Breaking his maiden in his first and only race as a two-year-old in 2009, Pelusa scored four consecutive victories including the 2010 Aoba Sho where he registered an impressive four-length victory in the Derby trial. Being posted second favorite in the Derby, the unbeaten chestnut was unable to break well and finished a disappointing sixth. His poor break affected many of his following starts including the Tenno Sho (Autumn), in which he was forced to travel second from last but displayed the strongest late kick to close in on Buena Vista for a two-length second. Missing his break again in the following Japan Cup, he could only close the gap to fifth place though again running the fastest in the last three furlongs. In the year-end Arima Kinen, he was able to break well and was forwardly position but did not stretch at the end to finish fourth.
Kicking off his four-year-old season with a runner-up effort in the 2011 Nikkei Sho, Perusa finished a disappointing eighth in the Tenno Sho (Spring) and was sidelined for six months before his second challenge in the Tenno Sho (Autumn) where the chestnut again exerted the fastest late drive for third-place, a length behind Tosen Jordan who renewed the course record by 1.1 second.
While finishing a close second in his first start the following year in the Shirafuji Stakes, he was under par throughout the season and was raced only one more time in the Yasuda Kinen where he finished last. His six-year-old season was also hindered by a broken wind, and it took him a year and a half and two operations to resume racing and another year and a half to pick up his form to mark his first win in five years.
[Trainer] Hiroyuki Uehara
[Jockey] Keita Tosaki
Four-year-old Shonan Bach has shown remarkable progress this year and is coming off his November Stakes victory in which he displayed the fastest last three-furlong charge from the far rear to overhaul all of his rivals and draw off to a 1-3/4-length win. The Japan Cup will be his first graded challenge in which he intends to stage his good turn of foot which recorded the fastest over the last three furlongs in eight of his 17 career races.
Unraced as a two-year-old, the Stay Gold colt was winless in his first five races in his debut season last year and was transferred from Yoshito Yahagi’s yard into the hands of Ryohei Hori at Sonoda Racecourse of NAR racing (National Association of Racing; local public racing) after which he immediately scored two wins in a row over dirt.
Changing hands again to be trained by Hiroyuki Uehara of the JRA from the beginning of this season, the bay colt claimed his first JRA win in April in an allowance race where he saved ground in mid-field and stretched well on the rails to win by a neck. Following a sixth in his next start where he finished less than two lengths from the winner, he displayed the fastest late charge after trailing near the rear to notch a neck victory in the Hong Kong Jockey Club Trophy.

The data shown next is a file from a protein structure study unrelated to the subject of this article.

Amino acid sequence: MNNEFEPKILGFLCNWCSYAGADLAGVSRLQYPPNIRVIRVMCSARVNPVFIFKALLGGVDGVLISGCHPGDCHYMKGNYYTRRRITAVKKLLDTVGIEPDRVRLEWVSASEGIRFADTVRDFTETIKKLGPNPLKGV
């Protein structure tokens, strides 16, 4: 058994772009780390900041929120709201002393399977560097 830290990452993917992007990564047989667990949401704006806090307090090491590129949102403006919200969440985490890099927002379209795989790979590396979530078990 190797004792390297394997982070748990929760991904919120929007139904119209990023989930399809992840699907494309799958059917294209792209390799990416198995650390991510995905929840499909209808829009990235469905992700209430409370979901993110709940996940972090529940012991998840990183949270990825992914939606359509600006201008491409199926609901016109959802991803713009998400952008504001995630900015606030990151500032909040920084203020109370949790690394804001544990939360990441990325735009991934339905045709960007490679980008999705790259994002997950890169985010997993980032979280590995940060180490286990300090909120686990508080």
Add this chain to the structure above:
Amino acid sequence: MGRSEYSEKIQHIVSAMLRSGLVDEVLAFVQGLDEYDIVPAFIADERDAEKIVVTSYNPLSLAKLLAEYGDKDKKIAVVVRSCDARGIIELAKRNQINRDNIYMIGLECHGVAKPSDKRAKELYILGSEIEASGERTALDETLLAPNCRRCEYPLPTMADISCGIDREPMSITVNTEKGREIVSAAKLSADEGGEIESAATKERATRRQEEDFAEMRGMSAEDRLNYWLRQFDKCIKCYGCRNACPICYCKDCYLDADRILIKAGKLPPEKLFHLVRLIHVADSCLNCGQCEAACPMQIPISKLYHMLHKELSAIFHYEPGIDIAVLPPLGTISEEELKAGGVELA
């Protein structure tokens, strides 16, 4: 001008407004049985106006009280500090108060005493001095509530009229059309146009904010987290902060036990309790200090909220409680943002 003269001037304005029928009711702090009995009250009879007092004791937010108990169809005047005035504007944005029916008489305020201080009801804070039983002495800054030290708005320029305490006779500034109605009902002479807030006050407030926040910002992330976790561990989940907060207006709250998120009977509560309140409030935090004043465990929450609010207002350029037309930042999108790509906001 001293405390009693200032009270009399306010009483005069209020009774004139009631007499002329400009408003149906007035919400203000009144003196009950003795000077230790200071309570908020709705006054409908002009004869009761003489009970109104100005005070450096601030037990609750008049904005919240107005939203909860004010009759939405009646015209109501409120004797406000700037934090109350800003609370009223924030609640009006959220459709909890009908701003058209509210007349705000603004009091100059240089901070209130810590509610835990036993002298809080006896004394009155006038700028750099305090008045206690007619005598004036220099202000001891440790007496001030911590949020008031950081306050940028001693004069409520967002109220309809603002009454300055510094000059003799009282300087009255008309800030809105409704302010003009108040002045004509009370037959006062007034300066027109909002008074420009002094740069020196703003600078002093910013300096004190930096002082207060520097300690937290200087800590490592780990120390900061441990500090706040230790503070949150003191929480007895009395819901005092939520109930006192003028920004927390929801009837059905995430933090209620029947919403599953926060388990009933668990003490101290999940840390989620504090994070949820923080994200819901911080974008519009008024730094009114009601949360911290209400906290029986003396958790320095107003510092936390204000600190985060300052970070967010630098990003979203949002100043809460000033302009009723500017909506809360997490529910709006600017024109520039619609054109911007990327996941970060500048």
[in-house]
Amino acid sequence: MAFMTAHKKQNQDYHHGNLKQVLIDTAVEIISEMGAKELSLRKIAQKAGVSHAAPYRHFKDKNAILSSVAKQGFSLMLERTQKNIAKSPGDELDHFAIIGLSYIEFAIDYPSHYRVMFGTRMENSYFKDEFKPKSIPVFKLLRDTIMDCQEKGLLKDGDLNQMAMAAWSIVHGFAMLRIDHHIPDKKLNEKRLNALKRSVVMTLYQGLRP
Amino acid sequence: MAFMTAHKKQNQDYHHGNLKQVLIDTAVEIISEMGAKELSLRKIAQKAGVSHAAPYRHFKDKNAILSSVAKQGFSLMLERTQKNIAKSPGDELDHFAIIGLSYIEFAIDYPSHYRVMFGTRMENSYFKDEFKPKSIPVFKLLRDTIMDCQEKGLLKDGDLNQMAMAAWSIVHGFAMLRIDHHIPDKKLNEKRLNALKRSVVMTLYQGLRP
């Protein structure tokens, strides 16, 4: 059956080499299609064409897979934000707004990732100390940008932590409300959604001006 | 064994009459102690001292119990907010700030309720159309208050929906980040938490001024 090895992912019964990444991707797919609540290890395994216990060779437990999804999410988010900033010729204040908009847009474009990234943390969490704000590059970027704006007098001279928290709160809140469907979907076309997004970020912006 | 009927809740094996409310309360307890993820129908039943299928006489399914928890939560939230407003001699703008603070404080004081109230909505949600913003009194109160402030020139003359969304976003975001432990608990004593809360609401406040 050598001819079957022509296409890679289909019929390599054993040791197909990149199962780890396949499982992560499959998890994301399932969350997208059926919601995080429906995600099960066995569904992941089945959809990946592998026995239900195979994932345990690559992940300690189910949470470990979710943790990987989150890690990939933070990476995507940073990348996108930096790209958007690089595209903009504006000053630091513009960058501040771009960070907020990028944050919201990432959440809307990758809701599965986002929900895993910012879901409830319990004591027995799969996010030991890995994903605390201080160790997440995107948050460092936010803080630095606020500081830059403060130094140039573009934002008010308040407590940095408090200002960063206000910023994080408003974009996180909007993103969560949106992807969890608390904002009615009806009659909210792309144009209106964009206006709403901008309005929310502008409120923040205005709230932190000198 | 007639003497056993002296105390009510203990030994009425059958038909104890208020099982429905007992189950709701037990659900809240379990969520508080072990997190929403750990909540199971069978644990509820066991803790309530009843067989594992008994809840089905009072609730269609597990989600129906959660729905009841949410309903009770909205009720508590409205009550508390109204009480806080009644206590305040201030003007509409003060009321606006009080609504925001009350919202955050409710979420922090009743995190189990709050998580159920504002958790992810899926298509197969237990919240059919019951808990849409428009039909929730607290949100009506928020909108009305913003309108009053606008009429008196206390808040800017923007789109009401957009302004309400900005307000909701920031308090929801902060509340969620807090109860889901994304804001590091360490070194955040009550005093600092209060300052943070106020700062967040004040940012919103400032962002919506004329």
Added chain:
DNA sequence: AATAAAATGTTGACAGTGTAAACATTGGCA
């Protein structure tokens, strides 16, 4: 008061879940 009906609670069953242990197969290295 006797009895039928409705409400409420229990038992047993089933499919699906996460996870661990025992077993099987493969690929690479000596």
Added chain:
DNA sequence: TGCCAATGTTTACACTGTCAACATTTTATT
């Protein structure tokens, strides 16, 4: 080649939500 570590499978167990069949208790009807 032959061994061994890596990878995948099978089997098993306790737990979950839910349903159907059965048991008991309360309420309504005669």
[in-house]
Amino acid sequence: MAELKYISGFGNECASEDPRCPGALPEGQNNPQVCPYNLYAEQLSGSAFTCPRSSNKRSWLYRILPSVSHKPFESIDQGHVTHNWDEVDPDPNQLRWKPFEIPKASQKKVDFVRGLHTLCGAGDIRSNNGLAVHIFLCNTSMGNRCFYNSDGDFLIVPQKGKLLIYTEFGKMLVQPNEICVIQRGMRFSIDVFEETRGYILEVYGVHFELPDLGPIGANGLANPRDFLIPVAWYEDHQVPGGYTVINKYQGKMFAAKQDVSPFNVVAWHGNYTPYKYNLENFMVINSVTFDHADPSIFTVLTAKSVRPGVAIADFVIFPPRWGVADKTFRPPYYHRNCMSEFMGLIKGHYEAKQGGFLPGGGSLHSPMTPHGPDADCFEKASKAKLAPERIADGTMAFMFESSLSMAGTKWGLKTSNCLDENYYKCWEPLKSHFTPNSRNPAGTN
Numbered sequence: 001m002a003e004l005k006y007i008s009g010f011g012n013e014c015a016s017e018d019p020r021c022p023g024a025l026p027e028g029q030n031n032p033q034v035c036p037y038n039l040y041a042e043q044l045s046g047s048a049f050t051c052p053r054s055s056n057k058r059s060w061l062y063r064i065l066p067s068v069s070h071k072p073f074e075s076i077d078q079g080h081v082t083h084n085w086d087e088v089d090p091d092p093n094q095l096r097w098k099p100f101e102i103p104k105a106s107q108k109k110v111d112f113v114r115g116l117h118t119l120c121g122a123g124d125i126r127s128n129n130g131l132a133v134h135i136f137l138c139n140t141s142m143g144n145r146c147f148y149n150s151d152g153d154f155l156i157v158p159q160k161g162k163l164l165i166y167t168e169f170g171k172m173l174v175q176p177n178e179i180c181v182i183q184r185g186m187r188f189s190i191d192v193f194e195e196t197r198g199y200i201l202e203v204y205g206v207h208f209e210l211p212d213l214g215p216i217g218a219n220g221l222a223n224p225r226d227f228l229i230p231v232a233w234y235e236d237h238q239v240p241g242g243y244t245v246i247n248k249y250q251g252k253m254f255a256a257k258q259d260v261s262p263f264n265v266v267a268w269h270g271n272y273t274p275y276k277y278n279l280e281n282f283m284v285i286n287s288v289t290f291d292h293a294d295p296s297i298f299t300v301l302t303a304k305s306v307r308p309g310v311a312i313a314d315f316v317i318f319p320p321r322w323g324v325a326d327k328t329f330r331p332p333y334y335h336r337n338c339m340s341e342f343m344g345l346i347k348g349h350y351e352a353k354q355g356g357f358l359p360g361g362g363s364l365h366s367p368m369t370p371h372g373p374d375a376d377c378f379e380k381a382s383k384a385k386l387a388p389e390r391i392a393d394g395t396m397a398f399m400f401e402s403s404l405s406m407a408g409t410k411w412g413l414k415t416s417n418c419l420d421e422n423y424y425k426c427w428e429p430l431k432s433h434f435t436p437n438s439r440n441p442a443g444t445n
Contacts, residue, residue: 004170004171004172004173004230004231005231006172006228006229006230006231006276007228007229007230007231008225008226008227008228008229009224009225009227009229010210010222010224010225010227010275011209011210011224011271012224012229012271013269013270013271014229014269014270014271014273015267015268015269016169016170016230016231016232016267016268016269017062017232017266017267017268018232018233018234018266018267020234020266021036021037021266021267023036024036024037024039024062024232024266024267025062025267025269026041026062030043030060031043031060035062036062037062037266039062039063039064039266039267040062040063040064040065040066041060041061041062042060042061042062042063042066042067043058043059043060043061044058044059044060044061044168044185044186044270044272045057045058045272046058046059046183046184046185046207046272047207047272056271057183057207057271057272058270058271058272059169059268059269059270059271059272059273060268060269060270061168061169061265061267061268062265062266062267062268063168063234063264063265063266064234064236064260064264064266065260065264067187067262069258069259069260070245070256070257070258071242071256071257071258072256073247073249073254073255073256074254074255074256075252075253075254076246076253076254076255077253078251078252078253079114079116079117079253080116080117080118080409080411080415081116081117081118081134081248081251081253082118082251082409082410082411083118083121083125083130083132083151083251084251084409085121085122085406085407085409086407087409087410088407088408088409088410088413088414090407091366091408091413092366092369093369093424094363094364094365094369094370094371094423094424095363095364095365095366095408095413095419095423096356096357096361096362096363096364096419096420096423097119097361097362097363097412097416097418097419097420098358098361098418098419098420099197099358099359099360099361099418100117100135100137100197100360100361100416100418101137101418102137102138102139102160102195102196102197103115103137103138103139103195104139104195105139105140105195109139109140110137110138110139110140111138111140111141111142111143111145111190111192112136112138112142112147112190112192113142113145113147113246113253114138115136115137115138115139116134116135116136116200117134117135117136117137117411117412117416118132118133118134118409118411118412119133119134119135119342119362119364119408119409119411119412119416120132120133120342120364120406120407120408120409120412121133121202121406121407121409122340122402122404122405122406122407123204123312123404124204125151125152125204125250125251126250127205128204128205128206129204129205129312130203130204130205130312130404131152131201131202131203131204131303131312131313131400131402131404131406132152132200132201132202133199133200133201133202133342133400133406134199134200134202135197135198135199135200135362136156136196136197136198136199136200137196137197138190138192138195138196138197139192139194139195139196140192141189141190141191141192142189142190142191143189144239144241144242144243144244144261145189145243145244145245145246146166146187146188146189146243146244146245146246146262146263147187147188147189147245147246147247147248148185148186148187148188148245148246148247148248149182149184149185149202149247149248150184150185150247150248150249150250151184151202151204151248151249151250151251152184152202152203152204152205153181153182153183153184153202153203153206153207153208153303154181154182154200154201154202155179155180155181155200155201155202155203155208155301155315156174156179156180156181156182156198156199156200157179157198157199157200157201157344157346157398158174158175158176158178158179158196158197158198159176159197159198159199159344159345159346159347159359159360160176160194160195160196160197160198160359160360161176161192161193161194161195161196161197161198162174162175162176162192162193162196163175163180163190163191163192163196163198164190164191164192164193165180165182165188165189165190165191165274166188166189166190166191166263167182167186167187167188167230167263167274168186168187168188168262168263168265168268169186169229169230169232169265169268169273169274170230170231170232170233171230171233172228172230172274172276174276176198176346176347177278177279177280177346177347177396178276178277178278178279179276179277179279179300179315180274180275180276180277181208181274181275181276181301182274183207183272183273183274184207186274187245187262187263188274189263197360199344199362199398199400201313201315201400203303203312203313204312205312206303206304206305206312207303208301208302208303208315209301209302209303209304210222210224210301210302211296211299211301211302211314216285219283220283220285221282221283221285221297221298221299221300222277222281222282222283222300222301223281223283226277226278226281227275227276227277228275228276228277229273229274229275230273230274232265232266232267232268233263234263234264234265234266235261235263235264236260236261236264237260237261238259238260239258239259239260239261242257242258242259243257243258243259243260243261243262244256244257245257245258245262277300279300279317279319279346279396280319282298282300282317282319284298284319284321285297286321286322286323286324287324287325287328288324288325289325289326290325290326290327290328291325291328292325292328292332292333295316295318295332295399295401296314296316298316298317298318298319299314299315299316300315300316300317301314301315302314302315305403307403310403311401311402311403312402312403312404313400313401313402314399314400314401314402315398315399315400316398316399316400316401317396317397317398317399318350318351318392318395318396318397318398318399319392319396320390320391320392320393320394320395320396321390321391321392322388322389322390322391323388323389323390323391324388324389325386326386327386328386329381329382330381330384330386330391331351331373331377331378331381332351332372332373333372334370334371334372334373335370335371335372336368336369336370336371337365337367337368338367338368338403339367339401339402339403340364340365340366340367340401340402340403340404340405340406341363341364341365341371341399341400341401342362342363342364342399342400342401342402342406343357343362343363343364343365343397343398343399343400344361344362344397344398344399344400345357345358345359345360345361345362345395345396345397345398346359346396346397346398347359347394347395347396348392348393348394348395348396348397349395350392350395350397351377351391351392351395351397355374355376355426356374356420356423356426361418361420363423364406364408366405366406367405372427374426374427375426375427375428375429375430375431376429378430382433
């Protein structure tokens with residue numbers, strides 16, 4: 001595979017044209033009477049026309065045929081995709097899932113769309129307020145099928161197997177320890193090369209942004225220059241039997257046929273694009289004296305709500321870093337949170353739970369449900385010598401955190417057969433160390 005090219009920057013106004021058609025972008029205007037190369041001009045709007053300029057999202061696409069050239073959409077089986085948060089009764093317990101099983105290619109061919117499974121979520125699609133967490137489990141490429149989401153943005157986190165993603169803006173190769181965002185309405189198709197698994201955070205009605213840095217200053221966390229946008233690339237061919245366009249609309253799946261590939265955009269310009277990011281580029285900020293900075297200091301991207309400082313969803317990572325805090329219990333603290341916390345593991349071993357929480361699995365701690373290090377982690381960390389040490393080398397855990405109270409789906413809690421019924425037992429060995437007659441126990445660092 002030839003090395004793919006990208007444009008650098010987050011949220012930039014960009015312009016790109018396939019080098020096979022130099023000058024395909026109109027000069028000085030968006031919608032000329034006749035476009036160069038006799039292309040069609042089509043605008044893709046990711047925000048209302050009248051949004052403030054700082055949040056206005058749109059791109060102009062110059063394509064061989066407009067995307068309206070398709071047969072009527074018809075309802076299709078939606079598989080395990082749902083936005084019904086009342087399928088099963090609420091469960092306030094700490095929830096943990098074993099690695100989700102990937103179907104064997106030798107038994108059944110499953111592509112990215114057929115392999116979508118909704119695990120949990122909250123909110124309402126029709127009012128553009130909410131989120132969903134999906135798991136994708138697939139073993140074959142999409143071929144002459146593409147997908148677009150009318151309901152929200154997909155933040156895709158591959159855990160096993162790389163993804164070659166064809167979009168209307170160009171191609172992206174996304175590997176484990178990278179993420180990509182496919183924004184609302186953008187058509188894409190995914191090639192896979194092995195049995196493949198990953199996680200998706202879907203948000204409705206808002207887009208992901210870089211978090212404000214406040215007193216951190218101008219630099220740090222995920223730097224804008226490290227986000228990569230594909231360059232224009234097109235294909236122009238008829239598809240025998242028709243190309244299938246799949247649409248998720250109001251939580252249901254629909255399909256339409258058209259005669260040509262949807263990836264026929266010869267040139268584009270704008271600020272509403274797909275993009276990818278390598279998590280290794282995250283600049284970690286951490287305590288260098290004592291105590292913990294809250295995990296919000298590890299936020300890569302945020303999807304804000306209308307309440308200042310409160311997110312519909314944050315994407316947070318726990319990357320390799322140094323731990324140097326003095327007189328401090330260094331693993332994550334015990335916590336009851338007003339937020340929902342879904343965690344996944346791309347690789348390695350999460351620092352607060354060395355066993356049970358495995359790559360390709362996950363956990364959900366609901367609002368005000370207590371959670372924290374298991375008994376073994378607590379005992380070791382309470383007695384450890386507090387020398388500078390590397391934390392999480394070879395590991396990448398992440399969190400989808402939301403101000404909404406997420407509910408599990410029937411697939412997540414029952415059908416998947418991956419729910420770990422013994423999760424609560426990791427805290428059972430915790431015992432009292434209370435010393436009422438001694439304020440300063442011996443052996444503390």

He landed another win in the following Aganogawa Tokubetsu in August where he accelerated impressively from mid-division to take the lead in the last 100 meters, clocking the fastest finish over the last three furlongs once again to register a 1-1/4 length win. His November Stakes victory came after another two starts—a third-place finish and a fourth, by a length and 6-1/4 lengths margin, respectively.
[Trainer] Tomokazu Takano
[Jockey] Kenichi Ikezoe
2014 Shuka Sho winner Shonan Pandora, instead of heading for the all-female Queen Elizabeth II Cup, faced a field of big-league contenders in the Tenno Sho (Autumn) this year as the only female runner and scored an impressive fourth-place finish. Sent off fifth choice, the filly lost ground from a wide-stall break but cleared the wire less than 1-1/2 lengths from the winner by demonstrating a powerful charge that tied the fastest finish. The Japan Cup will be her first start at the 2,400-meter distance but with proven results against tough competition in races at the highest level, an extra furlong should not be an issue in her sixth G1 challenge.
Following a runner-up finish in her only start as a two-year-old, Shonan Pandora broke her maiden in her kick-off start the next season. A fifth-place finish in her first grade-race attempt in the Flower Cup shattered her hopes of qualifying for the Oka Sho (Japanese 1000 Guineas), as it turned out was the case again in the Sweet Pea Stakes in May, the trial race for the Yushun Himba (Japanese Oaks), where she finished fifth and was denied the chance to start in a spring classics.
However, after marking her second career win during her summer campaign, the Deep Impact filly earned her much awaited ticket to the Shuka Sho by marking a neck second in the trial Shion Stakes, where she closed well from far behind to take the lead at the furlong marker although pinned at the wire. Sent off third favorite in her first G1 challenge, the bay filly pushed through the leaders in the stretch and held off the fast-closing Oaks winner Nuovo Record to prevail by a neck. Up against more experienced rivals in the following Queen Elizabeth II Cup, she met traffic at the top of the straight and registered a sixth.